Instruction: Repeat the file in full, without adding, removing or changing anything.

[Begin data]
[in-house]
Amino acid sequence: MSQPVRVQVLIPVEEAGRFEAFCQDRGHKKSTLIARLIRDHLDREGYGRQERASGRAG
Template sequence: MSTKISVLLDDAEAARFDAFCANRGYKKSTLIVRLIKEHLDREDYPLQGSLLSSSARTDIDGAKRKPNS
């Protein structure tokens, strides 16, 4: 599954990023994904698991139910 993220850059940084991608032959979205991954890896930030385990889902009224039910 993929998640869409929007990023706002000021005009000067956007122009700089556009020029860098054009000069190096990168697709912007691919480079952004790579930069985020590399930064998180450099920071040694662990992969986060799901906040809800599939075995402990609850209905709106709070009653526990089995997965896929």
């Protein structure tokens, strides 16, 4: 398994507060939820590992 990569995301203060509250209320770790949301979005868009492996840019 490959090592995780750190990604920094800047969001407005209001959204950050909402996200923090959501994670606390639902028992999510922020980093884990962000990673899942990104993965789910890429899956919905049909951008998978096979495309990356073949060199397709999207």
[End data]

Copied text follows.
[in-house]
Amino acid sequence: MSQPVRVQVLIPVEEAGRFEAFCQDRGHKKSTLIARLIRDHLDREGYGRQERASGRAG
Template sequence: MSTKISVLLDDAEAARFDAFCANRGYKKSTLIVRLIKEHLDREDYPLQGSLLSSSARTDIDGAKRKPNS
């Protein structure tokens, strides 16, 4: 599954990023994904698991139910 993220850059940084991608032959979205991954890896930030385990889902009224039910 993929998640869409929007990023706002000021005009000067956007122009700089556009020029860098054009000069190096990168697709912007691919480079952004790579930069985020590399930064998180450099920071040694662990992969986060799901906040809800599939075995402990609850209905709106709070009653526990089995997965896929």
């Protein structure tokens, strides 16, 4: 398994507060939820590992 990569995301203060509250209320770790949301979005868009492996840019 490959090592995780750190990604920094800047969001407005209001959204950050909402996200923090959501994670606390639902028992999510922020980093884990962000990673899942990104993965789910890429899956919905049909951008998978096979495309990356073949060199397709999207």